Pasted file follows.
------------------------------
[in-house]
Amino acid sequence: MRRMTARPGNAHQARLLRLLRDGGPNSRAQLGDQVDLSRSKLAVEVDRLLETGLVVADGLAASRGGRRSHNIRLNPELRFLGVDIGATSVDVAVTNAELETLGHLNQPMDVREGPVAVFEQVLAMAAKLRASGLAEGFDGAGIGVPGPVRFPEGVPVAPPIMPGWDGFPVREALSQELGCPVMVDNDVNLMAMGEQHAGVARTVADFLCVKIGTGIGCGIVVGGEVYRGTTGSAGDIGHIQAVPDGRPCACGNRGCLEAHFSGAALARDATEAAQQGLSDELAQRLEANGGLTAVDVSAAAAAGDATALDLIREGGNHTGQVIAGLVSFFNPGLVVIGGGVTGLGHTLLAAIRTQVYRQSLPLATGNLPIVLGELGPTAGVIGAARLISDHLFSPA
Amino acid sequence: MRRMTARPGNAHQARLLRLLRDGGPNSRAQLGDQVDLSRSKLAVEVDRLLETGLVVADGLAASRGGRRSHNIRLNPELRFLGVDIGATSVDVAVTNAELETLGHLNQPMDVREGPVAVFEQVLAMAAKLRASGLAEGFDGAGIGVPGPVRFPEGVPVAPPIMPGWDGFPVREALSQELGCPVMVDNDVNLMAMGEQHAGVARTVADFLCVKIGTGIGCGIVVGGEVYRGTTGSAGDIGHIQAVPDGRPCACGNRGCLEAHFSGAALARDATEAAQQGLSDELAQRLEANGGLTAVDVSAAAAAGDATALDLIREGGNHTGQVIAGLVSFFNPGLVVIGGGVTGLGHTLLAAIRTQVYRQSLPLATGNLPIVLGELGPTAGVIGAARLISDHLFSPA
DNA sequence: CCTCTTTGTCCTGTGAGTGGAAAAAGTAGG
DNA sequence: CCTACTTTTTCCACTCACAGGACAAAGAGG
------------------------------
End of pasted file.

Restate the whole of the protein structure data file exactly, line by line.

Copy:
[in-house]
Amino acid sequence: MRRMTARPGNAHQARLLRLLRDGGPNSRAQLGDQVDLSRSKLAVEVDRLLETGLVVADGLAASRGGRRSHNIRLNPELRFLGVDIGATSVDVAVTNAELETLGHLNQPMDVREGPVAVFEQVLAMAAKLRASGLAEGFDGAGIGVPGPVRFPEGVPVAPPIMPGWDGFPVREALSQELGCPVMVDNDVNLMAMGEQHAGVARTVADFLCVKIGTGIGCGIVVGGEVYRGTTGSAGDIGHIQAVPDGRPCACGNRGCLEAHFSGAALARDATEAAQQGLSDELAQRLEANGGLTAVDVSAAAAAGDATALDLIREGGNHTGQVIAGLVSFFNPGLVVIGGGVTGLGHTLLAAIRTQVYRQSLPLATGNLPIVLGELGPTAGVIGAARLISDHLFSPA
Amino acid sequence: MRRMTARPGNAHQARLLRLLRDGGPNSRAQLGDQVDLSRSKLAVEVDRLLETGLVVADGLAASRGGRRSHNIRLNPELRFLGVDIGATSVDVAVTNAELETLGHLNQPMDVREGPVAVFEQVLAMAAKLRASGLAEGFDGAGIGVPGPVRFPEGVPVAPPIMPGWDGFPVREALSQELGCPVMVDNDVNLMAMGEQHAGVARTVADFLCVKIGTGIGCGIVVGGEVYRGTTGSAGDIGHIQAVPDGRPCACGNRGCLEAHFSGAALARDATEAAQQGLSDELAQRLEANGGLTAVDVSAAAAAGDATALDLIREGGNHTGQVIAGLVSFFNPGLVVIGGGVTGLGHTLLAAIRTQVYRQSLPLATGNLPIVLGELGPTAGVIGAARLISDHLFSPA
DNA sequence: CCTCTTTGTCCTGTGAGTGGAAAAAGTAGG
DNA sequence: CCTACTTTTTCCACTCACAGGACAAAGAGG